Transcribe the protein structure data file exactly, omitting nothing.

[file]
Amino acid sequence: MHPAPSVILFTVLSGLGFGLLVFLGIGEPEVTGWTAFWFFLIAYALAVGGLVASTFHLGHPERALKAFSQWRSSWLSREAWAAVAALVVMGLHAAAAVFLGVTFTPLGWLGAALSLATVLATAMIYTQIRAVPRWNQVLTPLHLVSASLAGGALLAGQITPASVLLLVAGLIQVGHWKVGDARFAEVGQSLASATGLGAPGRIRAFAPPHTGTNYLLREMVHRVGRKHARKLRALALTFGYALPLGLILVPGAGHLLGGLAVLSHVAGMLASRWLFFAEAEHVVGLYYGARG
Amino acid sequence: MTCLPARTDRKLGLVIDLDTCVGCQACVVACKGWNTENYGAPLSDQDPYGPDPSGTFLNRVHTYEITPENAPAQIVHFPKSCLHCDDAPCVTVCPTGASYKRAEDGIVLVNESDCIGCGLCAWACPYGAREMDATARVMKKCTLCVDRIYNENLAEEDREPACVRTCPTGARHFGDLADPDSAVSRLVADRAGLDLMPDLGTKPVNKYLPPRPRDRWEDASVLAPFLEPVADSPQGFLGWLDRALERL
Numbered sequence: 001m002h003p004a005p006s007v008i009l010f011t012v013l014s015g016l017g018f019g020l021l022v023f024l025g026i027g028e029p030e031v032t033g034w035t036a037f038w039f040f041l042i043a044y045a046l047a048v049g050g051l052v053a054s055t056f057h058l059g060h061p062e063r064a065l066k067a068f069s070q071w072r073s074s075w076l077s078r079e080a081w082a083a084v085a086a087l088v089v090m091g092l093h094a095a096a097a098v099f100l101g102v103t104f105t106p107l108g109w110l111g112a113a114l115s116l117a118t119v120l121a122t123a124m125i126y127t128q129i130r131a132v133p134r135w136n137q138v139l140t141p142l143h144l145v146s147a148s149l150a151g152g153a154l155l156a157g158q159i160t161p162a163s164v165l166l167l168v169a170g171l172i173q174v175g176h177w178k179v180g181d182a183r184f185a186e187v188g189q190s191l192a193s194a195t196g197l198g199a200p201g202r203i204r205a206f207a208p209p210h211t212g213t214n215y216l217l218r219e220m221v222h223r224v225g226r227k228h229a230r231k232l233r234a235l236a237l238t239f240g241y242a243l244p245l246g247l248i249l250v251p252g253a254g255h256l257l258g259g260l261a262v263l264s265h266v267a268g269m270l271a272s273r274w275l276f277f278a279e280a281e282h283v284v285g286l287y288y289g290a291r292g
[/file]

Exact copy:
Amino acid sequence: MHPAPSVILFTVLSGLGFGLLVFLGIGEPEVTGWTAFWFFLIAYALAVGGLVASTFHLGHPERALKAFSQWRSSWLSREAWAAVAALVVMGLHAAAAVFLGVTFTPLGWLGAALSLATVLATAMIYTQIRAVPRWNQVLTPLHLVSASLAGGALLAGQITPASVLLLVAGLIQVGHWKVGDARFAEVGQSLASATGLGAPGRIRAFAPPHTGTNYLLREMVHRVGRKHARKLRALALTFGYALPLGLILVPGAGHLLGGLAVLSHVAGMLASRWLFFAEAEHVVGLYYGARG
Amino acid sequence: MTCLPARTDRKLGLVIDLDTCVGCQACVVACKGWNTENYGAPLSDQDPYGPDPSGTFLNRVHTYEITPENAPAQIVHFPKSCLHCDDAPCVTVCPTGASYKRAEDGIVLVNESDCIGCGLCAWACPYGAREMDATARVMKKCTLCVDRIYNENLAEEDREPACVRTCPTGARHFGDLADPDSAVSRLVADRAGLDLMPDLGTKPVNKYLPPRPRDRWEDASVLAPFLEPVADSPQGFLGWLDRALERL
Numbered sequence: 001m002h003p004a005p006s007v008i009l010f011t012v013l014s015g016l017g018f019g020l021l022v023f024l025g026i027g028e029p030e031v032t033g034w035t036a037f038w039f040f041l042i043a044y045a046l047a048v049g050g051l052v053a054s055t056f057h058l059g060h061p062e063r064a065l066k067a068f069s070q071w072r073s074s075w076l077s078r079e080a081w082a083a084v085a086a087l088v089v090m091g092l093h094a095a096a097a098v099f100l101g102v103t104f105t106p107l108g109w110l111g112a113a114l115s116l117a118t119v120l121a122t123a124m125i126y127t128q129i130r131a132v133p134r135w136n137q138v139l140t141p142l143h144l145v146s147a148s149l150a151g152g153a154l155l156a157g158q159i160t161p162a163s164v165l166l167l168v169a170g171l172i173q174v175g176h177w178k179v180g181d182a183r184f185a186e187v188g189q190s191l192a193s194a195t196g197l198g199a200p201g202r203i204r205a206f207a208p209p210h211t212g213t214n215y216l217l218r219e220m221v222h223r224v225g226r227k228h229a230r231k232l233r234a235l236a237l238t239f240g241y242a243l244p245l246g247l248i249l250v251p252g253a254g255h256l257l258g259g260l261a262v263l264s265h266v267a268g269m270l271a272s273r274w275l276f277f278a279e280a281e282h283v284v285g286l287y288y289g290a291r292g